How to Submit an Article to the Tennessee Bar Journal
If you would like to submit an article, we would be more than happy to review it. Articles submitted to the Journal are reviewed by a seven-member editorial board, and should be of interest to Tennessee lawyers. Authors are not required to be lawyers, but articles that have any commercial aspect to them (i.e., if the article advocates using a particular person or company for any services) will not be considered.
The Tennessee Bar Journal is distributed to the approximately 13,000 members of the Tennessee Bar Association.
Tennessee Bar Journal Editorial Board member and Memphis attorney Suzanne Landers offers tips to getting published in the Journal.
Format and Procedures
Electronic submissions are preferred. Please send a Word document, as well as a pdf with formatting as it should appear. The Journal does not usually publish reprinted articles, but will consider it if the readership of the original publication does not overlap much with the Journal’s readership, and if permission is available. Please indicate information regarding previous publication in your cover letter.
Preferred length of submissions is 3,500 words, including endnotes. Please put any notes at the end and not at the bottom of each page. Do not footnote your name, but include a biographical sketch separately.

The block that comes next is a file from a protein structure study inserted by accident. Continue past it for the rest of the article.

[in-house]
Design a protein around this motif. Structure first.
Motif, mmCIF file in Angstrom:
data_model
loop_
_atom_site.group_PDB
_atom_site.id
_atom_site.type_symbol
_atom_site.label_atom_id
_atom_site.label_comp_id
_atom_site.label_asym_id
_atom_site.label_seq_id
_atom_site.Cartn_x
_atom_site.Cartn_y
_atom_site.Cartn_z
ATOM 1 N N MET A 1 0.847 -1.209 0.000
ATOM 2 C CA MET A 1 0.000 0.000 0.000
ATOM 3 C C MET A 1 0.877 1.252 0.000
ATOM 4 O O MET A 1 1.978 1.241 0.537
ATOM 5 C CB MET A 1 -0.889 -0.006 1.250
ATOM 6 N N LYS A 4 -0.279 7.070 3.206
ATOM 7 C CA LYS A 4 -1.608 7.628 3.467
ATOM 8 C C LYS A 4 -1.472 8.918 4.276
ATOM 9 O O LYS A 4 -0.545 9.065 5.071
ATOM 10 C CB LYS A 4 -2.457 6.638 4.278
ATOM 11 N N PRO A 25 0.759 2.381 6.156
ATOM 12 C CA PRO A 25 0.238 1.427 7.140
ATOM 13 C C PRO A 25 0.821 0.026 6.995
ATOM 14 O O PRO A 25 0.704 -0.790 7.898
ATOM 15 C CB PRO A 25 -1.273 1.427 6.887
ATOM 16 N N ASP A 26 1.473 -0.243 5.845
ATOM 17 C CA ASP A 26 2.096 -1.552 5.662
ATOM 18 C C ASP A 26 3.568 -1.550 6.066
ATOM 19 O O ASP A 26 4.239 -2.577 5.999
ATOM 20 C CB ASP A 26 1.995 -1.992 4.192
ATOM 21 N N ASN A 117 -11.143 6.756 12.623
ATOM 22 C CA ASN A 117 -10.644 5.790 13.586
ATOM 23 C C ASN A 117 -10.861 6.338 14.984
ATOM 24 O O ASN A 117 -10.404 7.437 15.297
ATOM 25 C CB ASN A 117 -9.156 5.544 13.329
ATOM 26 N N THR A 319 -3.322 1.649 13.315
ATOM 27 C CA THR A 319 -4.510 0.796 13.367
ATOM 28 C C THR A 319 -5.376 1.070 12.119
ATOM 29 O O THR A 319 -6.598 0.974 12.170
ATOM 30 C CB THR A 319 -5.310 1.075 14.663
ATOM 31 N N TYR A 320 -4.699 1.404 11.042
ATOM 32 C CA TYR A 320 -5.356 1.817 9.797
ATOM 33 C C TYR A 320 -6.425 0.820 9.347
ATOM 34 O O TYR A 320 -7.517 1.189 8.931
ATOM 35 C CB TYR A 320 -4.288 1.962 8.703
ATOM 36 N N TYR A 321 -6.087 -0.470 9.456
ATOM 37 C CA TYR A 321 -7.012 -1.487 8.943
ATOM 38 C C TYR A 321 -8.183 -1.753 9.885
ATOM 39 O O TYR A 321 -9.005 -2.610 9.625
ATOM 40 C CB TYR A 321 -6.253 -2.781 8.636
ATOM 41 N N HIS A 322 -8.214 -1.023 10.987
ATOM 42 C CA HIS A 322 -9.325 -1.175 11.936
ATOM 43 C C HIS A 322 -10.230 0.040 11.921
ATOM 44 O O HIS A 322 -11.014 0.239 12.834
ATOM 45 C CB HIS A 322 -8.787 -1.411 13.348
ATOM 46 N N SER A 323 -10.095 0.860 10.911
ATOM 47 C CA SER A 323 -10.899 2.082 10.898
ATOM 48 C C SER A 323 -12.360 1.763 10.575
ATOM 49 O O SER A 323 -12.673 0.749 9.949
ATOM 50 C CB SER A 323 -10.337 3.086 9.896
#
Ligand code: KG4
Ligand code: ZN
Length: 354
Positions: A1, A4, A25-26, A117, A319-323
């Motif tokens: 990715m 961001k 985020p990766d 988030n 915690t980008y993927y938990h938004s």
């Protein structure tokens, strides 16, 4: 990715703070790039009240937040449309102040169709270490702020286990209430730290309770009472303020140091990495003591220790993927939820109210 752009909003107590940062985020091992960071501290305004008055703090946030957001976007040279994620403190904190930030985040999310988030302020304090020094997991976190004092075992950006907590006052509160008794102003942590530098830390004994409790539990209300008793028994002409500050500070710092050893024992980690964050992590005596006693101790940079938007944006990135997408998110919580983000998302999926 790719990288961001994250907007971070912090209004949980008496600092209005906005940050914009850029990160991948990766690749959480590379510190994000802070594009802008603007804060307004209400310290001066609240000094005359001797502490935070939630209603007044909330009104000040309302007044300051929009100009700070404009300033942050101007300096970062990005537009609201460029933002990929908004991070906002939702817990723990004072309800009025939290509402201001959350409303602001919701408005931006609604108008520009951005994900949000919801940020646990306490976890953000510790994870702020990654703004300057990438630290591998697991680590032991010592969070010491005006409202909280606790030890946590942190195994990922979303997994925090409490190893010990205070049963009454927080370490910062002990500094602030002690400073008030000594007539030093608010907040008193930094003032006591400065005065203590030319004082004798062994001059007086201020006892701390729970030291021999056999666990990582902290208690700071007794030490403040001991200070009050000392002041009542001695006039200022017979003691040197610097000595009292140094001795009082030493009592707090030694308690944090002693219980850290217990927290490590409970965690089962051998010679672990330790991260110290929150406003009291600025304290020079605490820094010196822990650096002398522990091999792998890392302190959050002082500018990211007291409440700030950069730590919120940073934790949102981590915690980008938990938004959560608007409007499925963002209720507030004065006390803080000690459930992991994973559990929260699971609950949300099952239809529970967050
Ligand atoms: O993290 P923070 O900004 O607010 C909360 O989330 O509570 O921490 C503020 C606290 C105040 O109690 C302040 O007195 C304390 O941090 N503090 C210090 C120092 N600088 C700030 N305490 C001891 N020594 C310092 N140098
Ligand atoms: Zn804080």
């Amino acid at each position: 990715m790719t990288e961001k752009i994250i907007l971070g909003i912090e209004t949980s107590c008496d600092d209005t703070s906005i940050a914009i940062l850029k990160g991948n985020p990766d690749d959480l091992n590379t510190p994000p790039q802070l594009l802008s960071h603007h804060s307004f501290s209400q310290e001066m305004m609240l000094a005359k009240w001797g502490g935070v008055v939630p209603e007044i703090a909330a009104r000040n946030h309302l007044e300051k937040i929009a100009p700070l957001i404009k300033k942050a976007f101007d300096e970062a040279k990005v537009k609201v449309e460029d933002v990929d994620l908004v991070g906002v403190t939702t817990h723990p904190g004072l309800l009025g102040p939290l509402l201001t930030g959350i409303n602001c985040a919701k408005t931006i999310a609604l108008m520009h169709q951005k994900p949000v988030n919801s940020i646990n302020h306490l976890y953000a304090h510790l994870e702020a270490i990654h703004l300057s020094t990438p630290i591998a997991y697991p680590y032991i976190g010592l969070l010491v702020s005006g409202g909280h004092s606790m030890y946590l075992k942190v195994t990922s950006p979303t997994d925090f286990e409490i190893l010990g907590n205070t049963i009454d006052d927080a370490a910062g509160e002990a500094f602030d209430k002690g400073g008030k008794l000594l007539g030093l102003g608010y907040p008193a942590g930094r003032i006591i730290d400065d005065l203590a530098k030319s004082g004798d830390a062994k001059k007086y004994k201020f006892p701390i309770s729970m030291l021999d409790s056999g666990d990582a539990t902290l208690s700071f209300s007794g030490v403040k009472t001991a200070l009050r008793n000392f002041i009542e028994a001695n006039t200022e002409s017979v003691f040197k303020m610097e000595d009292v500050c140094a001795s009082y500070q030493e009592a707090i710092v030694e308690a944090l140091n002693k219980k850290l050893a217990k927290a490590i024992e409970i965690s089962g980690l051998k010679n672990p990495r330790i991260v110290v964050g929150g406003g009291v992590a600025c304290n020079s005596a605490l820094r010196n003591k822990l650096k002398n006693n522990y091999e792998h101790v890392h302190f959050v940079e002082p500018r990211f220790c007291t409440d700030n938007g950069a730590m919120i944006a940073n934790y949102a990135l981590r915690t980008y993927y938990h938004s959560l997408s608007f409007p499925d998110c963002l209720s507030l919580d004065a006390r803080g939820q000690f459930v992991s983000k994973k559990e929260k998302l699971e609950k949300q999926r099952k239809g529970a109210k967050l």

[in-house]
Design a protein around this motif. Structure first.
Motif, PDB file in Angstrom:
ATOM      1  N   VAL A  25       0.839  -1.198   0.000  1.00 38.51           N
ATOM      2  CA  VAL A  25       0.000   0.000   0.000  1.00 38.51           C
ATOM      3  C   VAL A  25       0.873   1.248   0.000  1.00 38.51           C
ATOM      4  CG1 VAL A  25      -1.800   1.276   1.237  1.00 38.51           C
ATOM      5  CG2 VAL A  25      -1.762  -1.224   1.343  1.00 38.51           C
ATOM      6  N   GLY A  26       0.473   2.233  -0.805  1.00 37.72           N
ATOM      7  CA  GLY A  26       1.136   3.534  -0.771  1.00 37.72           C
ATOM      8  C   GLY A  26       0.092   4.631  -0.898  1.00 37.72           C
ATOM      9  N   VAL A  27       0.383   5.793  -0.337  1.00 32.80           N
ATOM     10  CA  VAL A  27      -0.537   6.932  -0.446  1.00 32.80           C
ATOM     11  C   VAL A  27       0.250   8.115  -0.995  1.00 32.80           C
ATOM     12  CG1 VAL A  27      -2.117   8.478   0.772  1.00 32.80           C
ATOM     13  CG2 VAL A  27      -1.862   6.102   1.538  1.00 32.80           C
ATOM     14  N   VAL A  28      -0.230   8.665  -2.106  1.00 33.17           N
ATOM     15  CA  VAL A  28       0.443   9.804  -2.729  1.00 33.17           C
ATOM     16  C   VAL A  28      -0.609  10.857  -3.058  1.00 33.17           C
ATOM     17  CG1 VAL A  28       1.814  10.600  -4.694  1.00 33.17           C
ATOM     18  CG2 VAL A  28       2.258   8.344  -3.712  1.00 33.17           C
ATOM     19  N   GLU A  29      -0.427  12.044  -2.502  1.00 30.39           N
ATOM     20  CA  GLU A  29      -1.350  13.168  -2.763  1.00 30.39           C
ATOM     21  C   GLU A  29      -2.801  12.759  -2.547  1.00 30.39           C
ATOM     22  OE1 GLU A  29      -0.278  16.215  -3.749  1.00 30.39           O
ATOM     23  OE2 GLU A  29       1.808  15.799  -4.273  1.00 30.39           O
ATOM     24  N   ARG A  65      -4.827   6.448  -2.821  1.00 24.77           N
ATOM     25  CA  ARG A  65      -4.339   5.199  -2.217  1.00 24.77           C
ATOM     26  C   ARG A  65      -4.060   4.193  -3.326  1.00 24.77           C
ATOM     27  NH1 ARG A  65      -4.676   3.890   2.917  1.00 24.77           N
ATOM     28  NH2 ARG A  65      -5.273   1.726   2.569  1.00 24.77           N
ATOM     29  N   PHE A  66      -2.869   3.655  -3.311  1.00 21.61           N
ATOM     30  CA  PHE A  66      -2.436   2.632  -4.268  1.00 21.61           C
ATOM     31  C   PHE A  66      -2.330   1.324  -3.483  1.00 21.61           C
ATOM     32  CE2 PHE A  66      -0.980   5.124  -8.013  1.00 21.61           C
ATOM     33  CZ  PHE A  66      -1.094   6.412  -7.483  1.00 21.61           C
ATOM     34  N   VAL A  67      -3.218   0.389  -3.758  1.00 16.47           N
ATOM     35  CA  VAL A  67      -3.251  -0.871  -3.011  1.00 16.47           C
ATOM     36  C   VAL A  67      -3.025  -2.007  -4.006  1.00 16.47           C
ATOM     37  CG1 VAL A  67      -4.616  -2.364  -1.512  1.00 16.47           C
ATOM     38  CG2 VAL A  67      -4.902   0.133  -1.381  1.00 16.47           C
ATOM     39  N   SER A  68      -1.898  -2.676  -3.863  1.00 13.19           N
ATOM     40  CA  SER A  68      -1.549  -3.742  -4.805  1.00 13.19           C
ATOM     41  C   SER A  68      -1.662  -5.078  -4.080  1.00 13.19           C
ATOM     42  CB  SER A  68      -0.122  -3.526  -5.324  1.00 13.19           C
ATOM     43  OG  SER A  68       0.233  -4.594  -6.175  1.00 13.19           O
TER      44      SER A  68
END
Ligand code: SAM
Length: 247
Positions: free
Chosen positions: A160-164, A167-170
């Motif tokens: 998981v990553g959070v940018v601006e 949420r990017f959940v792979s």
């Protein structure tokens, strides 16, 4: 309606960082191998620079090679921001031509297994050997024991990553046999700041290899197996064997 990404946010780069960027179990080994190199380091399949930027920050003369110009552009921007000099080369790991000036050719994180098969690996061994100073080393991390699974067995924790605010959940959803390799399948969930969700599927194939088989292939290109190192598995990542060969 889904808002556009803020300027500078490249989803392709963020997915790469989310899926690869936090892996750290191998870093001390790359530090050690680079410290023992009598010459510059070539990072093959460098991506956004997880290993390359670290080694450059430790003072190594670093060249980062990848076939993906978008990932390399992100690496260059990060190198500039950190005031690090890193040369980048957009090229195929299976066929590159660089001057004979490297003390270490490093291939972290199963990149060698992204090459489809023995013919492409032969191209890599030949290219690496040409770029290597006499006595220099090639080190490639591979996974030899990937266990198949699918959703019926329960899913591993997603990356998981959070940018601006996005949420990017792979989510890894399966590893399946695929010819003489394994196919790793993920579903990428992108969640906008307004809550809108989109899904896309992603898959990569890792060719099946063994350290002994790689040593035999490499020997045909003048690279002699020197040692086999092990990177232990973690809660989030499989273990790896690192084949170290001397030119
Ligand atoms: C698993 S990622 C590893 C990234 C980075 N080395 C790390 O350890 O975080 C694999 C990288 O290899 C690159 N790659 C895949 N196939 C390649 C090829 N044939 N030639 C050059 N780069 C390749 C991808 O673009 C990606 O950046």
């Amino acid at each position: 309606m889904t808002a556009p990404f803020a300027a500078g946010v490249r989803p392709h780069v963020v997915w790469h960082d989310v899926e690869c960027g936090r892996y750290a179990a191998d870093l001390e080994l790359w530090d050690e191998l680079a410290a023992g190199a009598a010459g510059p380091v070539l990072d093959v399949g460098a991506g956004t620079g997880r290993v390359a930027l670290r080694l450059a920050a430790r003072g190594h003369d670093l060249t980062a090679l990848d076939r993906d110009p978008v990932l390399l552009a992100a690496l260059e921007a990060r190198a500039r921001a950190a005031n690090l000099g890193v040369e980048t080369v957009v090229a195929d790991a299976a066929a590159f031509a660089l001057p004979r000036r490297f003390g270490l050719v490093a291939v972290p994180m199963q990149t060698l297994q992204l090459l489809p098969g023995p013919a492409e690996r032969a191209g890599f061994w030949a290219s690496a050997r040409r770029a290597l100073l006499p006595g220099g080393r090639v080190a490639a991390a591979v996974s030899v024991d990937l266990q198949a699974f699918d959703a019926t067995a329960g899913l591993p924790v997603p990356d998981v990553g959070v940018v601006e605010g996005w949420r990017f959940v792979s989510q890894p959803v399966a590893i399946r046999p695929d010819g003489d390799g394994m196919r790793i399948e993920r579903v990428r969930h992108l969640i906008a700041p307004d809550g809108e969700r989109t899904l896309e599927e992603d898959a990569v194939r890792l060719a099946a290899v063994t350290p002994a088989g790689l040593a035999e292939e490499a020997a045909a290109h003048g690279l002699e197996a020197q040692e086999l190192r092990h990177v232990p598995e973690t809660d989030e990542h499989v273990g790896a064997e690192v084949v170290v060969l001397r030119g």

Please do not submit your article simultaneously to another publication. If you have already done so, please indicate that in your cover letter.
If an article is accepted, we will notify you and determine at that time which issue it will likely be in. At that time you will be asked to sign an agreement letter, giving the Tennessee Bar Association rights to the article, along with permission to use it on our web site, and for WestLaw, LexisNexis and EBSCO to use it if they so choose. The review process can take up to two months.
Supreme Court Rule 21 Section 4.08(b) allows you to apply for CLE credit for your published writing. For details on claiming the credit, check with the Tennessee Commission on Continuing Legal Education
Supreme Court Rule 21 4.08
The Commission may, in its discretion, award:
(b) Up to one-half of the annual requirement (six (6) General credits and one and one-half (1.5) EP credits) for published writings concerning substantive law, the practice of law, or the ethical and professional responsibilities of attorneys if the writing is published in approved publications intended primarily for attorneys. Credit shall be awarded in the amount of one (1) hour for every 1,000 words, not including footnotes, endnotes or citations of authority. Credit shall not be awarded to a named author when the actual principal author was another person acting under the direction or supervision of the named author. In requesting credit under this subsection, the attorney shall provide the Commission with an affidavit stating the facts of authorship.
Email or send your submission to Suzanne Robertson, Tennessee Bar Association, 221 Fourth Avenue N., Nashville, TN 37219.
Thank you for your interest in the Journal!